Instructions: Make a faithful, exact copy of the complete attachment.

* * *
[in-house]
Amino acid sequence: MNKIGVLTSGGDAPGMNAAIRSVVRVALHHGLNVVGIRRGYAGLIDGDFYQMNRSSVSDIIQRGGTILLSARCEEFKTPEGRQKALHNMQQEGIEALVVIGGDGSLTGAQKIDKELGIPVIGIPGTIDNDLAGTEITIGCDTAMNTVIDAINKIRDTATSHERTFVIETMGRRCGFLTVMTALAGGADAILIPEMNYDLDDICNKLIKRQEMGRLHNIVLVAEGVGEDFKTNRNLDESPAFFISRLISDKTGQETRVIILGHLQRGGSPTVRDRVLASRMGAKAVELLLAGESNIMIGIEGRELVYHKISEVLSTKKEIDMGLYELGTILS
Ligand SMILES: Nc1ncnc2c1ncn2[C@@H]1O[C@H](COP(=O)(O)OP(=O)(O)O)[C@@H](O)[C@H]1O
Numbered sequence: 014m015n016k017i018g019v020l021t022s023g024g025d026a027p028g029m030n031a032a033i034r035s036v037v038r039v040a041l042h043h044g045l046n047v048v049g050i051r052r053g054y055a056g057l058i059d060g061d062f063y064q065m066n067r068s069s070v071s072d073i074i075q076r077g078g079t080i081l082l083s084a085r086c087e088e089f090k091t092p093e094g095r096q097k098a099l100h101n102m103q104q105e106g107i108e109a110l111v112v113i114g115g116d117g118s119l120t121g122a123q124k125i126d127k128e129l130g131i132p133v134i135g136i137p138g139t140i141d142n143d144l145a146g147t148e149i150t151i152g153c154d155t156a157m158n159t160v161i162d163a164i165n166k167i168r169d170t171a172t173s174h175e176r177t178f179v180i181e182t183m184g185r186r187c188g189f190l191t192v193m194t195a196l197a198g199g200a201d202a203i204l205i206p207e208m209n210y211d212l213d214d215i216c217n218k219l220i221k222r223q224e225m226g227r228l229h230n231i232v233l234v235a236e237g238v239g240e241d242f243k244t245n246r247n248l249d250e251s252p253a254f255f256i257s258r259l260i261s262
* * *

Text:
[in-house]
Amino acid sequence: MNKIGVLTSGGDAPGMNAAIRSVVRVALHHGLNVVGIRRGYAGLIDGDFYQMNRSSVSDIIQRGGTILLSARCEEFKTPEGRQKALHNMQQEGIEALVVIGGDGSLTGAQKIDKELGIPVIGIPGTIDNDLAGTEITIGCDTAMNTVIDAINKIRDTATSHERTFVIETMGRRCGFLTVMTALAGGADAILIPEMNYDLDDICNKLIKRQEMGRLHNIVLVAEGVGEDFKTNRNLDESPAFFISRLISDKTGQETRVIILGHLQRGGSPTVRDRVLASRMGAKAVELLLAGESNIMIGIEGRELVYHKISEVLSTKKEIDMGLYELGTILS
Ligand SMILES: Nc1ncnc2c1ncn2[C@@H]1O[C@H](COP(=O)(O)OP(=O)(O)O)[C@@H](O)[C@H]1O
Numbered sequence: 014m015n016k017i018g019v020l021t022s023g024g025d026a027p028g029m030n031a032a033i034r035s036v037v038r039v040a041l042h043h044g045l046n047v048v049g050i051r052r053g054y055a056g057l058i059d060g061d062f063y064q065m066n067r068s069s070v071s072d073i074i075q076r077g078g079t080i081l082l083s084a085r086c087e088e089f090k091t092p093e094g095r096q097k098a099l100h101n102m103q104q105e106g107i108e109a110l111v112v113i114g115g116d117g118s119l120t121g122a123q124k125i126d127k128e129l130g131i132p133v134i135g136i137p138g139t140i141d142n143d144l145a146g147t148e149i150t151i152g153c154d155t156a157m158n159t160v161i162d163a164i165n166k167i168r169d170t171a172t173s174h175e176r177t178f179v180i181e182t183m184g185r186r187c188g189f190l191t192v193m194t195a196l197a198g199g200a201d202a203i204l205i206p207e208m209n210y211d212l213d214d215i216c217n218k219l220i221k222r223q224e225m226g227r228l229h230n231i232v233l234v235a236e237g238v239g240e241d242f243k244t245n246r247n248l249d250e251s252p253a254f255f256i257s258r259l260i261s262